So here’s how I was taught to run in my 101 class. But I’d first like to start off by saying that even though you can do this all on your own it would be so much better to do it with others, whether you join a class or call up a couple of people to exercise with…its way more fun and you’re likely to keep it up.
So for the first couple of weeks begin with an easy interval walk/run and do this at least 3-4 days a week. The intervals will consist of 5 minute increments. Each increment will look like this: Walk for 41/2 minutes, then run for 30 seconds, and repeat this until you have completed 6 of them for a total of 30 minutes of exercise.
You can download an interval app onto your smartphone to help you with timing while listening to your favorite music or podcast as you go. It will ring or beep when it’s time for you to walk and when it’s time to run! Even when you get comfortable with 30 seconds of running and want to bump up your time DONT. Holding back will prove helpful in the future and I’ll explain why soon. Just be consistent with the 6 intervals, 3-4 days a week. If you’re feeling good then go for an extra interval or two but don’t run longer than 30 seconds. Allow your heart and lungs to slowly get used to what you are asking it to do! They are muscles after all and like any other muscle they need time to build up.
Most menopausal woman, due to hormone imbalances, will feel light headed now and again upon standing up or getting out of bed. The hormones that used to allow us to just spring up and start moving about aren’t there like they used to be. It’s like our blood flow is just a little slower and therefore our bodies cant quite catch up to what our heads are telling us to do. Building up incrementally helps strengthen our hearts and our blood flow and also help to expand our lungs as well.
After two or three weeks of 41/2 and 30, move into 4 and 1. And when you’re comfortable with that in another couple of weeks go for 31/2 and 11/2, and keep going there after until you hit the opposite of where you started, 41/2 minutes of running and 30 seconds of walking. By that time you should also be up to 10-12 intervals as well for an hours worth of exercise.
When you’re building up your exercise don’t feel too badly if one day you do REALLY well, but the next time out you’re not as savvy. If you have to slow down the pace, do it! Just slow down your pace and complete the amount of intervals or miles that your used to doing!
In the beginning, I couldn’t do 30 seconds of running without thinking that I was going to cough up a lung….I would wheeze and my heart felt like it was thumping and popping out of my chest. I couldn’t believe that aerobically I was in that bad of shape! But even though I doubted at times that I would get better at running much less lose weight and inches, I stayed with it and NEVER waivered. By the end of the 12 week class we were running about 4 miles, which was a little more than a 5k! And a couple of months after that I went out for my routine run/walk and the stars and moon must have been perfectly aligned because I didn’t stop running for 2 miles straight! IT WAS SOOO WEIRD, but it happened just like that!!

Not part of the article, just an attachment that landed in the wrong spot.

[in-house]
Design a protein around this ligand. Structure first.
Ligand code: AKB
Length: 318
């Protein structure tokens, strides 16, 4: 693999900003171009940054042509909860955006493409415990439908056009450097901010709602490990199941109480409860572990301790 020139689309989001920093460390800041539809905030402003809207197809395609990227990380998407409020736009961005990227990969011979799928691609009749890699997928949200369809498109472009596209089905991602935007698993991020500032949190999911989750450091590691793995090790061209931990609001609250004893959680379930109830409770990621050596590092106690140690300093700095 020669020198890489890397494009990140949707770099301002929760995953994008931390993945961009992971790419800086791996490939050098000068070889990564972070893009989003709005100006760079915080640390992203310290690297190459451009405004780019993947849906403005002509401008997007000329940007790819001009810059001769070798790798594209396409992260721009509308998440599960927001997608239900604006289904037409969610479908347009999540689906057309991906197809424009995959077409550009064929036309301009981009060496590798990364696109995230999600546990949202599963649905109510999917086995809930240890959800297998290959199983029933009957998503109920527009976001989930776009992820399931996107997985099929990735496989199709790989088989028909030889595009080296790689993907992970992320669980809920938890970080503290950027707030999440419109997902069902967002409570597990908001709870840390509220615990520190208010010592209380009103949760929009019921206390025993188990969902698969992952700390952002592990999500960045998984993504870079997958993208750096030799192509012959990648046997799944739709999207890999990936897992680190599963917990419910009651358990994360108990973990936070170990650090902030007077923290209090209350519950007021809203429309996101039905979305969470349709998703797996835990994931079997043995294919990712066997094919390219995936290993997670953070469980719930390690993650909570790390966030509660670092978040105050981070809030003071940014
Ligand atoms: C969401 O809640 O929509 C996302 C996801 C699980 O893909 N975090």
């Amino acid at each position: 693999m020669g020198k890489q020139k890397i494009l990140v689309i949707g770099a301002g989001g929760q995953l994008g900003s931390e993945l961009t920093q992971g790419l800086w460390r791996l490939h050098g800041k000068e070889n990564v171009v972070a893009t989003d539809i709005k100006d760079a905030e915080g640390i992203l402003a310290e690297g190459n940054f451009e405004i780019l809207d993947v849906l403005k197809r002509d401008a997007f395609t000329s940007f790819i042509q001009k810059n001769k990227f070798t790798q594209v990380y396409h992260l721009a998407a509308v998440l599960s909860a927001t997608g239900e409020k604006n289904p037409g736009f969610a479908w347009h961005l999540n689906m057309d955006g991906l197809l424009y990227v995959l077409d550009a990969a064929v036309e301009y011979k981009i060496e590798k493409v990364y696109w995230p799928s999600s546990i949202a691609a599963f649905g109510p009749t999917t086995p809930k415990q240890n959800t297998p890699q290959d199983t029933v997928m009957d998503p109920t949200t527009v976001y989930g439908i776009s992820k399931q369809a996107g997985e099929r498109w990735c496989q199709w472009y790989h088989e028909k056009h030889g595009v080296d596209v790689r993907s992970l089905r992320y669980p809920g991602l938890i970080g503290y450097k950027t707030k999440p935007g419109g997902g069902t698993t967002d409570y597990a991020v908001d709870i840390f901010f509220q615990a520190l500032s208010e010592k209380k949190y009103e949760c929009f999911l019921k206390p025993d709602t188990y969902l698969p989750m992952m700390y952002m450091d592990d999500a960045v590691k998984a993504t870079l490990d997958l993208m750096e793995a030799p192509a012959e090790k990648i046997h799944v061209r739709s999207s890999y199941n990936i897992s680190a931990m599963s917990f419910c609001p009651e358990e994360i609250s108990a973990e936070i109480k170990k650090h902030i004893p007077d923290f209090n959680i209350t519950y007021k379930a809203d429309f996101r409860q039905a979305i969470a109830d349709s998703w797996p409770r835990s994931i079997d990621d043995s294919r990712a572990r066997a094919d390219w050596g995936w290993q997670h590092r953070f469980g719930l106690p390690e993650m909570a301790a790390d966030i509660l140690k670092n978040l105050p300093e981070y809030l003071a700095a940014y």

Now running is one thing, but running CORRECTLY is the true key to success and why I’m a big advocate for joining a beginner running class. You would have one teacher who is specifically watching your form as you run and will help you break bad habits early on.
Things you need to concentrate on while your running are:
1) making sure you strike the ground with the middle of your foot, (not your heel like when you walk)
2) relaxing your shoulders and keeping your arms down by your side, (as opposed to forming “Teradactyl Arms” in front of you)
3) keep your chin up to allow healthy breathing as you go
If you have read my Must Have Gear page then hopefully you took heed and have good shoes and socks that help your feet feel comfy and ultimately keep your hips and spine nicely aligned as you go.
Take a few minutes before and after a run even if you have walked most of the night of your muscles as rubber bands. Old unused bands are gummy and have hardly any flexibility, whereas a band that is gently and regularly used is the total opposite. Feels sooooo good to warm up your muscles too…more on this in the future!
Whew! That’s enough to get you started! You can go to my blog titled “An Ode to the New Year” and see one my personal results of consistent running 3 days a week. Please email me with any questions or concerns whatsoever, but for now…
Get up, get those running shoes on, and be on your way!!